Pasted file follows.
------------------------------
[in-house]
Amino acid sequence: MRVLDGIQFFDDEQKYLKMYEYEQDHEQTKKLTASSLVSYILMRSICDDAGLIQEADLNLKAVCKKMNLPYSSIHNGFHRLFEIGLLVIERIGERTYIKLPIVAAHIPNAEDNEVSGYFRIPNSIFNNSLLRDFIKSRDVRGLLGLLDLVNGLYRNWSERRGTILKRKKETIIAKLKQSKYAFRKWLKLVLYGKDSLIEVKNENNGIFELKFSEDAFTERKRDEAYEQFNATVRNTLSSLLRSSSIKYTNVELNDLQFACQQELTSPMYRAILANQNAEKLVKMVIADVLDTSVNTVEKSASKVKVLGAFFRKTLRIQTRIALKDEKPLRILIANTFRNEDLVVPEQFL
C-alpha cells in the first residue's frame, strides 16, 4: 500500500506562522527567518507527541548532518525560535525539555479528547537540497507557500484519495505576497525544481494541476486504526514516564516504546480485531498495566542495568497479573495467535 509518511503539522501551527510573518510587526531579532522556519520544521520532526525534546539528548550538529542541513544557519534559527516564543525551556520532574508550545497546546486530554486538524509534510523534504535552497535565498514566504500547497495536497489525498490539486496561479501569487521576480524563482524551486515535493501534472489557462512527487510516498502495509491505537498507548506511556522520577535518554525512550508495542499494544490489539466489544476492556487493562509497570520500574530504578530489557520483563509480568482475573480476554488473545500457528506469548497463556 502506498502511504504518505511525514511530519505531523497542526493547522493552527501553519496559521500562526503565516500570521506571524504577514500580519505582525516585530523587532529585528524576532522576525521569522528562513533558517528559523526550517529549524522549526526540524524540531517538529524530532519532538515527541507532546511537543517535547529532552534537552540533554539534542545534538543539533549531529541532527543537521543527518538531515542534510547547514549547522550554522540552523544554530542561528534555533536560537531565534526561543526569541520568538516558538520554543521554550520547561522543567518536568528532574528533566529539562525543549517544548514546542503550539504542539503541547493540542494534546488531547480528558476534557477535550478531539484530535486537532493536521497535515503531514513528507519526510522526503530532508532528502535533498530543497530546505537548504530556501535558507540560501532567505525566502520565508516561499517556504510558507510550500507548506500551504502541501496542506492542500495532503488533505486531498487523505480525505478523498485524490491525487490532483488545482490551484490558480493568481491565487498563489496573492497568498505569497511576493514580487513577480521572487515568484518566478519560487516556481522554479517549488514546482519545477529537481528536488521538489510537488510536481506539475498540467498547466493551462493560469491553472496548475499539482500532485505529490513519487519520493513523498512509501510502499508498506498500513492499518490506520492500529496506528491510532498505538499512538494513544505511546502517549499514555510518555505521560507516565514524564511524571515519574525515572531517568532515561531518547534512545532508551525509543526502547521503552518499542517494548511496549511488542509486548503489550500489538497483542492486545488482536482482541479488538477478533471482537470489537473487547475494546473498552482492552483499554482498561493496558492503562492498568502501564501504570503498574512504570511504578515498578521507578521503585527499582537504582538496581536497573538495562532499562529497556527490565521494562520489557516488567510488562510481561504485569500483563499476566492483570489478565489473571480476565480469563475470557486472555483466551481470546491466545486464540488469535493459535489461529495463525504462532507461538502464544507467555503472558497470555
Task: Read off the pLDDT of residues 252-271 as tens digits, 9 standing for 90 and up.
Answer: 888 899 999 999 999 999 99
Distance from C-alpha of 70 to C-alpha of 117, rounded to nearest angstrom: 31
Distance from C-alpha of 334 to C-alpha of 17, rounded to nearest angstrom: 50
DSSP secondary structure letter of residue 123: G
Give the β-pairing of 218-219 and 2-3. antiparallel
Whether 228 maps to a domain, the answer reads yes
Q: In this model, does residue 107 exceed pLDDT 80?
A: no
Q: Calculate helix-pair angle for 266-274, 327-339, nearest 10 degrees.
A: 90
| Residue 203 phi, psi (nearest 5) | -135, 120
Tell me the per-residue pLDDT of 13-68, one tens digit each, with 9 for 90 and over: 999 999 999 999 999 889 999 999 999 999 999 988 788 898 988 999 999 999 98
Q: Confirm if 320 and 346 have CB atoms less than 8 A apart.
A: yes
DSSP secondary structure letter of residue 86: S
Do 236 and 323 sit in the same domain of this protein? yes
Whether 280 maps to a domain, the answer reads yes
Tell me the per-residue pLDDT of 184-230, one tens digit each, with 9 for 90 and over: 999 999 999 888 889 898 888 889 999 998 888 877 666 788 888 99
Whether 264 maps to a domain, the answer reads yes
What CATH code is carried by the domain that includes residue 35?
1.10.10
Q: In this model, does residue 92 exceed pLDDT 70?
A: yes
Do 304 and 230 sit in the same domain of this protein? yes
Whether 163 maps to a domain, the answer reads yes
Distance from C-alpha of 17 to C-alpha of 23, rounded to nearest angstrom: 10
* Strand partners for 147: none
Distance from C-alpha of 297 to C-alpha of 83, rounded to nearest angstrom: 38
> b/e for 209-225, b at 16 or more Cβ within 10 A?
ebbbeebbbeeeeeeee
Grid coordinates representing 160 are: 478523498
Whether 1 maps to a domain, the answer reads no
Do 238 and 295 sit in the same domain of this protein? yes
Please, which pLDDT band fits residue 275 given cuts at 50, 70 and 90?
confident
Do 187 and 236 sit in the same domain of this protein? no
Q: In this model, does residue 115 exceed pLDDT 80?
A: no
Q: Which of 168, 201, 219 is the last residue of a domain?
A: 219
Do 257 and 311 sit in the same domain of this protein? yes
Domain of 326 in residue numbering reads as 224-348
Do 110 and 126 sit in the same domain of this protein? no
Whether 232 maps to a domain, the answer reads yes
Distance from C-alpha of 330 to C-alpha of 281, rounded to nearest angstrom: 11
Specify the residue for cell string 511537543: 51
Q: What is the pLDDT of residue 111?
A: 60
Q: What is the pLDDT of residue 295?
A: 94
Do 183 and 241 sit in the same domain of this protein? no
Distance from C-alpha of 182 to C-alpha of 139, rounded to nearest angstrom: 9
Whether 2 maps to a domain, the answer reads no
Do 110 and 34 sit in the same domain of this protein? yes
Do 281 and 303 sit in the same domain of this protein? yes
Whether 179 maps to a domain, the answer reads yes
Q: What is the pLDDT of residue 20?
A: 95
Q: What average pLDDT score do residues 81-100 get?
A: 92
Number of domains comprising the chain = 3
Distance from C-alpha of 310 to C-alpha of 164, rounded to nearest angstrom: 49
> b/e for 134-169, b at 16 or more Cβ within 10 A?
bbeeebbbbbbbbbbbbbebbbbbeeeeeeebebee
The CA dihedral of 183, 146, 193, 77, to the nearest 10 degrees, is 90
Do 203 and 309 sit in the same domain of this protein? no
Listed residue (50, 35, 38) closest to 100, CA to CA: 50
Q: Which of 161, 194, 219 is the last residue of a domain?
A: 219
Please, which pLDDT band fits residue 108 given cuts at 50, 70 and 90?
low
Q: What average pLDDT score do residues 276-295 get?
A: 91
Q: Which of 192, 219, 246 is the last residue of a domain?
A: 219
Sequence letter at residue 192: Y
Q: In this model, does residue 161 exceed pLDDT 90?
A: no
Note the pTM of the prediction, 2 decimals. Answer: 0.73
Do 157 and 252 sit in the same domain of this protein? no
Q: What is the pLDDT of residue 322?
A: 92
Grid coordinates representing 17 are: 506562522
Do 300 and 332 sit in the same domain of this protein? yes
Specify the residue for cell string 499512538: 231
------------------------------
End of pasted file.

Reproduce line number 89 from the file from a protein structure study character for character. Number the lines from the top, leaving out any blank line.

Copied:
Specify the residue for cell string 499512538: 231